Sitting atop the intel: The case file on Congressman Mike Rogers
November 23rd, 2011
11:19 AM ET

Sitting atop the intel: The case file on Congressman Mike Rogers

By Senior National Security Producer Suzanne Kelly

Editor's note: This is part of a Security Clearance series, Case File. CNN Senior National Security Producer Suzanne Kelly profiles key members of the security and intelligence community.

Being the chairman of the House Intelligence Committee comes with its own unique set of challenges. For starters, every day begins with a mountain of briefings on subjects that all seem pressing when it comes to keeping the country safe: ongoing operations against al Qaeda, cyber espionage being waged against American companies, Russians revamping their nuclear fleet, and Iran's nuclear intentions.

As chairman of the House Permanent Select Committee on Intelligence, Rep. Mike Rogers helps oversee America's 17 Intelligence agencies. He is one of only four members of the House or Senate who hold such a high clearance level. The intelligence information he receives is restricted to just the chairmen and the ranking members of both the House and Senate Intelligence Committees. It's a responsibility that can, and often does, keep him up at night.

"The intelligence committee is very different in the sense that its probably more engaged in activities than any other committee," says Rogers, R-Michigan. "We have a constant stream of information."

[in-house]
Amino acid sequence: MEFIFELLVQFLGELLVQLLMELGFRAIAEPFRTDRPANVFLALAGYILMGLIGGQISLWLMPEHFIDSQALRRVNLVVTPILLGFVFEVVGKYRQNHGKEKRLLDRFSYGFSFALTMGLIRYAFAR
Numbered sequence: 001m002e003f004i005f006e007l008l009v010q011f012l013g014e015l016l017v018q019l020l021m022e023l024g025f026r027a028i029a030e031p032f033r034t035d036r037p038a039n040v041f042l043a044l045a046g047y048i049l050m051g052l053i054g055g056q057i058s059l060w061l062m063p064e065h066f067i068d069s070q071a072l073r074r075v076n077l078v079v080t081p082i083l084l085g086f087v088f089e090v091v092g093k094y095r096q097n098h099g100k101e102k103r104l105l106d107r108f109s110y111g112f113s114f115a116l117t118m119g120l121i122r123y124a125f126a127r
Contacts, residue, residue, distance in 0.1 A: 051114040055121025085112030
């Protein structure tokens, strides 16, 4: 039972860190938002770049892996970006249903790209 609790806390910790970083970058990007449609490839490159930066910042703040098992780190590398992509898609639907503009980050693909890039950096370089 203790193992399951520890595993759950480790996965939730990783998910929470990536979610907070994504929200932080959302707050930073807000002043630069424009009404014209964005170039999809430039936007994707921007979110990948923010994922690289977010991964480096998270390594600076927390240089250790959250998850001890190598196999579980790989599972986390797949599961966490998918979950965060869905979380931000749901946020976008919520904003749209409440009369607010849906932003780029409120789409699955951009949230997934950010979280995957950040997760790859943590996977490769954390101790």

"Still a dangerous place to be"
A U.S. army soldier checks his list as he stands in front of a military vehicle ready to be shipped out of Iraq
November 17th, 2011
05:01 PM ET

"Still a dangerous place to be"

By Senior National Security Producer Charley Keyes

The war in Iraq may be out of the headlines as U.S. forces head for the exits, but they are still in the fight and facing a deadly toll, said the commander overseeing the withdrawal.

"Unfortunately, we did lose a soldier (on Monday)," Maj. Gen. Bernard S. Champoux said Thursday. "This is still a dangerous place to be."

The Pentagon had announced earlier that 23-year old Army Spc. David Hickman of Greensboro, North Carolina, was killed by an improvised explosive device Monday.

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Filed under: Iraq • Military • Operation New Dawn